Blog by Miriam

What’s Your Theory?

Just once in a while let us exalt the importance of ideas and information.

-Edward R Murrow

Did you know that planets and their galaxies are formed out of space dust? Maybe this is old news to you…I’m pretty sure scientists figured this one out a few decades ago. I’m a little slow…OK I’m really slow on all things outer space. But I was watching “How the Universe Works” on the History Chanel over the holiday break and learned all kinds of cool stuff.

After one of the episodes I started wondering: How do scientists figure this stuff out? How do they know where to look in the vast expanse of space, and how do they know how to understand the bright and not so bright bursts of light here and there, or the seemingly random movements of countless celestial bodies, or the mysterious dark spots that galaxies appear to orbit? It helps, of course, to be terribly brilliant and have a Ph.D. in Physics, but still… How do they do it? How do scientists make sense out of such vastness?

It occurred to me that most people have the same questions when it comes to the vastness and complexities of relationships. How do we figure them out? How do we identify the anomalies? Quasars? Black holes? How do we know where to look in the relationship when things don’t feel so great…or when they feel like chaos, or like they just don’t make any sense? It seems that if we are to have any understanding of how the relational universe works, we’ve got to have something to guide the exploration, something that scientists have: Theory.

The scientific quest for knowledge is one part creativity, one part observation of actual events, and one part having a solid foundation in theory. The quest for an improved relationship requires the same: Creativity, Observation, and Theory. All three are important, but most of us haven’t thought in terms of theory.

For a scientist, it’s critical to have a theory or theories that are comprehensive… something like the Theory of Relativity or Quantum Mechanics or the Big Bang, each being a theory that explains, not just one anomaly, but many. It is the same when it comes to relationships. But is there a psychological theory that exists that is comprehensive enough to shed sufficient light on the enormous complexity and variability of relationships? One that can guide your regular old married couple who’s just trying to figure out how to get along better?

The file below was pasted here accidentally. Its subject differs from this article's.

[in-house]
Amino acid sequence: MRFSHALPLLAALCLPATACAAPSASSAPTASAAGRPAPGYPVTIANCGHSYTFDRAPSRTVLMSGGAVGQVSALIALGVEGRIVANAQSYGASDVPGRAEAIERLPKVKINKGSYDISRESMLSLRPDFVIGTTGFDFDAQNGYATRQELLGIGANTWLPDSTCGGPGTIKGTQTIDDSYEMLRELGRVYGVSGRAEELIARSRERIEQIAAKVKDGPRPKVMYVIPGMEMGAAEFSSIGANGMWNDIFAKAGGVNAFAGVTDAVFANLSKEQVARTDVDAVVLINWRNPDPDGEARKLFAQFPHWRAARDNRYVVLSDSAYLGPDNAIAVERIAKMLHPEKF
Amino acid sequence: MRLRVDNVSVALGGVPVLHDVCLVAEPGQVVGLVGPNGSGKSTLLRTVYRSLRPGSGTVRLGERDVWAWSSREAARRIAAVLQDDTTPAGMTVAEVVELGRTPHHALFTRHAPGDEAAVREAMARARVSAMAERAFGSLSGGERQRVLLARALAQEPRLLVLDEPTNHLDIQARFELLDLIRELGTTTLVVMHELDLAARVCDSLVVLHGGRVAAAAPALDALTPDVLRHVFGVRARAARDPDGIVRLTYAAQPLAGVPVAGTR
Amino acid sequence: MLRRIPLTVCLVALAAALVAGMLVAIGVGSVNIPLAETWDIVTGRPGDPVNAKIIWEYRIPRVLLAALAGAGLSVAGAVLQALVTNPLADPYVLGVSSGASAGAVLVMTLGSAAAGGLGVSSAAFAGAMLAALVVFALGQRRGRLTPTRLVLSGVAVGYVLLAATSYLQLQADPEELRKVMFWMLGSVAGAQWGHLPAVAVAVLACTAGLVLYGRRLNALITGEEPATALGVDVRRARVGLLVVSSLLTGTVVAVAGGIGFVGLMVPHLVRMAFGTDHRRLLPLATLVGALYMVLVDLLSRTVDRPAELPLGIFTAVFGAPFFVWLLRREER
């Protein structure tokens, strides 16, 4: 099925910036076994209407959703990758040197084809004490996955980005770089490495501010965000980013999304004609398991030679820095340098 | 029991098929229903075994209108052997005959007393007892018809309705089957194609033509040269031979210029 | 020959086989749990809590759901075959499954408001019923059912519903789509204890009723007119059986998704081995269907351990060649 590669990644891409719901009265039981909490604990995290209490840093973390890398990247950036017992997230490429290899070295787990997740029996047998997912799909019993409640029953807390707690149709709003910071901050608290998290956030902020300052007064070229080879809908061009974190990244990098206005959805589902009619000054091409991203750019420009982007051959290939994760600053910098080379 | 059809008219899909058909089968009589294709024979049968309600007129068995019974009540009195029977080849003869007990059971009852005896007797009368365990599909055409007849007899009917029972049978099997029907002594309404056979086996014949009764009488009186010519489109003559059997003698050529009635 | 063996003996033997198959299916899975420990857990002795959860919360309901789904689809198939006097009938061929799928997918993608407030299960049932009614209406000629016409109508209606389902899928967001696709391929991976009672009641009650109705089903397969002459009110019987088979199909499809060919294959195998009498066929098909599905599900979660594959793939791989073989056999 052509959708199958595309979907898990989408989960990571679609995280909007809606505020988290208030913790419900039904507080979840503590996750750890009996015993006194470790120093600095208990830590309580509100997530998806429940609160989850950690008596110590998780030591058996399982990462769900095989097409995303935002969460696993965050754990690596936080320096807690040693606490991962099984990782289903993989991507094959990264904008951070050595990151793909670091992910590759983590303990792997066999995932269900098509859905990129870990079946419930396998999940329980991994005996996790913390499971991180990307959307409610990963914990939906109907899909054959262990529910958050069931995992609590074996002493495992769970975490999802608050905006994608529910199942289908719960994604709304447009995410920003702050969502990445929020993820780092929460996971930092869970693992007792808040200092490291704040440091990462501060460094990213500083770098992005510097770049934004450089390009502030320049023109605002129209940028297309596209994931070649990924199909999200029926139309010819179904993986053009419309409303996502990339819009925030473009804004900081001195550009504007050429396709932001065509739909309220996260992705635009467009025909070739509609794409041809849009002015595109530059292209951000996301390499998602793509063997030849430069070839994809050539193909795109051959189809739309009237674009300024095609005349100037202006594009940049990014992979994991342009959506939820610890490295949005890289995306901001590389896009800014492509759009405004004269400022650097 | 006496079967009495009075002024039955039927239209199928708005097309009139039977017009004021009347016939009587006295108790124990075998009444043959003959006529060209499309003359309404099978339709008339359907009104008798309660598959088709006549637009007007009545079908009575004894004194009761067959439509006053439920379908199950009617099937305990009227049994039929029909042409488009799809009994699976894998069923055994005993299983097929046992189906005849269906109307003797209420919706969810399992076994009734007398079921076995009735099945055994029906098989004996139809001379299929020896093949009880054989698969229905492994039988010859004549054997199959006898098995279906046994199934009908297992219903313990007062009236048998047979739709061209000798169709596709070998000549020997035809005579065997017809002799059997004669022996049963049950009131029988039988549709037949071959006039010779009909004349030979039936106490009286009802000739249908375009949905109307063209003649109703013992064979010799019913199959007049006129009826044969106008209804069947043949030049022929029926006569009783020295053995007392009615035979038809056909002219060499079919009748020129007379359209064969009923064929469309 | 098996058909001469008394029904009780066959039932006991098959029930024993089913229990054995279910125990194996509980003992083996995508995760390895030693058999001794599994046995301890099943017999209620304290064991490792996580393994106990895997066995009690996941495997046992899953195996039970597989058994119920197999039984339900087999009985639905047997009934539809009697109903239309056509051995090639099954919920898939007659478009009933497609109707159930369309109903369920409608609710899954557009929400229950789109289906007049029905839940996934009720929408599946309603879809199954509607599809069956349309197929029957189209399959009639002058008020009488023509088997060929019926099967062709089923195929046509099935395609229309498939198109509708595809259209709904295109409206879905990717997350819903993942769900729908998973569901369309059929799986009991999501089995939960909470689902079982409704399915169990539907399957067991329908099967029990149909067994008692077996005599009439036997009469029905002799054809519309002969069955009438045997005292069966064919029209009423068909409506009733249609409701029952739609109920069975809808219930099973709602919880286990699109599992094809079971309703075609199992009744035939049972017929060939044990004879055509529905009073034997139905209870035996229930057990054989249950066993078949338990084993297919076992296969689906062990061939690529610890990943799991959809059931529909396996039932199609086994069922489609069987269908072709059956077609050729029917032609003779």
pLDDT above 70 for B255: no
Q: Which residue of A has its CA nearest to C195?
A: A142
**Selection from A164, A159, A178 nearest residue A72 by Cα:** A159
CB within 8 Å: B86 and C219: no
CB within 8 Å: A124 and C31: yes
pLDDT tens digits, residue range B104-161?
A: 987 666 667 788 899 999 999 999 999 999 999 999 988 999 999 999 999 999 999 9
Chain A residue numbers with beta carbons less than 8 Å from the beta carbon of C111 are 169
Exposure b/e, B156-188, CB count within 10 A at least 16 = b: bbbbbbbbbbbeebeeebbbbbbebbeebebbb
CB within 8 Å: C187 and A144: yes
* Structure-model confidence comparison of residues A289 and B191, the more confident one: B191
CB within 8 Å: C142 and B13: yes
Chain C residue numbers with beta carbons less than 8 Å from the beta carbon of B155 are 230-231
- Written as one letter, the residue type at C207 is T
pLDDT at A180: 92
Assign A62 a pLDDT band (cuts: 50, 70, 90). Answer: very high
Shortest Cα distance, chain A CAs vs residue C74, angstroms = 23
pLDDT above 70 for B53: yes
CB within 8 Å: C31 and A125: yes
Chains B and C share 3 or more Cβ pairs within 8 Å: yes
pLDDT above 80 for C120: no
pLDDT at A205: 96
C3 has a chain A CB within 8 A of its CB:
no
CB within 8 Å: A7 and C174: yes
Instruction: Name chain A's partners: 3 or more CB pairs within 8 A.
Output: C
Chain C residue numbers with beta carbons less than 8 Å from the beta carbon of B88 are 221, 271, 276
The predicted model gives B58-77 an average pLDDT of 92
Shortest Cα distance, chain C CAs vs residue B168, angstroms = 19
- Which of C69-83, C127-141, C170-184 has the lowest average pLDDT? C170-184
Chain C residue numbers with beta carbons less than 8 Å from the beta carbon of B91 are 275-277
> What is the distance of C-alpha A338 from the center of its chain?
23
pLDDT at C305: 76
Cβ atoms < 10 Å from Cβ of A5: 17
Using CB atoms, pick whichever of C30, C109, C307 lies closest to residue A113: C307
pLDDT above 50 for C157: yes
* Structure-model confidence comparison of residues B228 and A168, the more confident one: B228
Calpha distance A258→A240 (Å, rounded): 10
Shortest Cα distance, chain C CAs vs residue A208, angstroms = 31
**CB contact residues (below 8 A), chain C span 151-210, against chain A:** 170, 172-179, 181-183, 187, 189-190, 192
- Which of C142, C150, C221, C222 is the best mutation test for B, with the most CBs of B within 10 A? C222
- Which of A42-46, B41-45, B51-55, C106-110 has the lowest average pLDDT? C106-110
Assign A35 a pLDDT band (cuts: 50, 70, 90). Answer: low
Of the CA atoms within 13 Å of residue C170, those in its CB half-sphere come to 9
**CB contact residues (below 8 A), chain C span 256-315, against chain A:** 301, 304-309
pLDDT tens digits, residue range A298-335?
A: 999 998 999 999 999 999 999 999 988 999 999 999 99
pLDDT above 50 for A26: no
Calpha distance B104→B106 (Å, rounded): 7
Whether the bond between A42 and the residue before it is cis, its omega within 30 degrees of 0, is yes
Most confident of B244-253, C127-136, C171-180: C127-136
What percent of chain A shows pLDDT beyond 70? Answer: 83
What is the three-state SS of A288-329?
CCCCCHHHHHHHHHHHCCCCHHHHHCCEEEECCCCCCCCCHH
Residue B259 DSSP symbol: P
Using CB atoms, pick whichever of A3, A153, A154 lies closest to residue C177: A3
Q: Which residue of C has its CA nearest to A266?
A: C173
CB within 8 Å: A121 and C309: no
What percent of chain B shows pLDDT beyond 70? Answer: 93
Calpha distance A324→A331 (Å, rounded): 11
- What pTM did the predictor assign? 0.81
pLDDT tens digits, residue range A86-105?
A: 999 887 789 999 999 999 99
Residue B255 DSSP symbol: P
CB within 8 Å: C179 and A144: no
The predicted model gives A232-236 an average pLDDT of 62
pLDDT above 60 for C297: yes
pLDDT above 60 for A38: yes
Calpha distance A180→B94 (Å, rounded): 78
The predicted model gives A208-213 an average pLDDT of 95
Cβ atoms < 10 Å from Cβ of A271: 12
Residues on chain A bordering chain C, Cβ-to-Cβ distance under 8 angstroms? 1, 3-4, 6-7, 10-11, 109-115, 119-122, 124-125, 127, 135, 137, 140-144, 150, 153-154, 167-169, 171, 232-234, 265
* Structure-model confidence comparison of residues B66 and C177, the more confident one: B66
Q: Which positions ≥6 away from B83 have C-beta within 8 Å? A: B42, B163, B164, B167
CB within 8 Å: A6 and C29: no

I believe there is. Bowen Theory was developed over the course of several decades (1950’s through the 1980’s) by physician and psychiatrist, Murray Bowen. It changed the course of the field of psychiatry and counseling. It is a comprehensive theory and approach, offering logical concepts that go a long way toward explaining many different relational phenomena and patterns—and not just for human relationships. Bowen theory has been applied in many fields of science and across species. Foundational to Bowen Theory is the idea that if you understand better, you can be better.

Bowen Theory consists of eight simple concepts:

  • Differentiation
  • Triangulation
  • Nuclear Family Process
  • Family Projection Process
  • Multigenerational Transmission Process
  • Emotional Cutoff
  • Sibling Position
  • Societal Emotional Process

If you’d like to learn about it there are tremendous resources out there. If you’re just getting started in Bowen Theory, check out www.thebowencenter.org and click on “theory.” If you’ve already begun looking into Bowen Theory and you can take some relatively dense reading (only for the truly curious) check out “Bringing Systems Theory to Life” eds. Ona Cohn Bregman and Charles M. White. Their collection of essays describes how Bowen Theory has been applied to education, biology, primatology, international relations, business leadership, literary criticism, and even myrmecology (the study of ants!).

Whatever you do to improve your relationships, it’ll help you tremendously to have a comprehensive theory guiding you along the way. No scientist would be without one, and no husband or wife or parent should be without one either!

You Don’t Know Jack…

…Or Hannah or Bobby or Kaitlyn…

All great deeds and all great thoughts have a ridiculous beginning.

-Albert Camus

It has taken me some time now to work up the courage to blog about parenting. There are a whole host of reasons…not the least of which is my awareness of just how complicated the subject can be. Not to mention my own struggles over the years…constantly wondering if I’m doing it “right.” I don’t know…I honestly felt that I was terrible at it…and to be REALLY honest, I still feel that way sometimes. When my kids were younger, I was severely lacking in a sense of confidence that I knew what the hell I was doing. Now, I guess, I’m certain that I don’t know jack, and that has given me all the confidence I need to be what I need to be with my girls.

The reality I’ve discovered about parenting is, none of us know Jack…or Hannah or Bobby or Kaitlyn. And within that notion is peace—for us and for them! Here’s what I mean.

We don’t know our children, and the more we think we do, the more we project our worries onto our kids who have barely even begun to form an identity. Who will they be in 25 years? How in the heck do we think we can even remotely answer that question with any accuracy based on the crazy, mixed up, stupid stuff they do today? I mean, have you forgotten what a goof you were when you were 12? 15? 17? Have you forgotten how little you knew about pretty much everything when you were that age? And was there someone older and wiser who still believed in you…in what you could be…in what you might become? Someone who gave you the gift of not worrying about you and the gift of not projecting all that worry onto your feeble, yet-to-be-formed little brain? Someone who gave you the gift of a not-so-sticky relationship?

If you’re particularly stuck as a parent you might respond with something like, “Well, I may have done some wacky stuff as a kid, but I was never as bad as my kid is today! I would never have done the stuff he’s doing!” “Pashaaah!” I say to you. Times have changed, old man! What was edgy when you were a kid is not what is edgy or normal for kids these days. But also, I’m guessing you’re forgetting what a goof you were back then!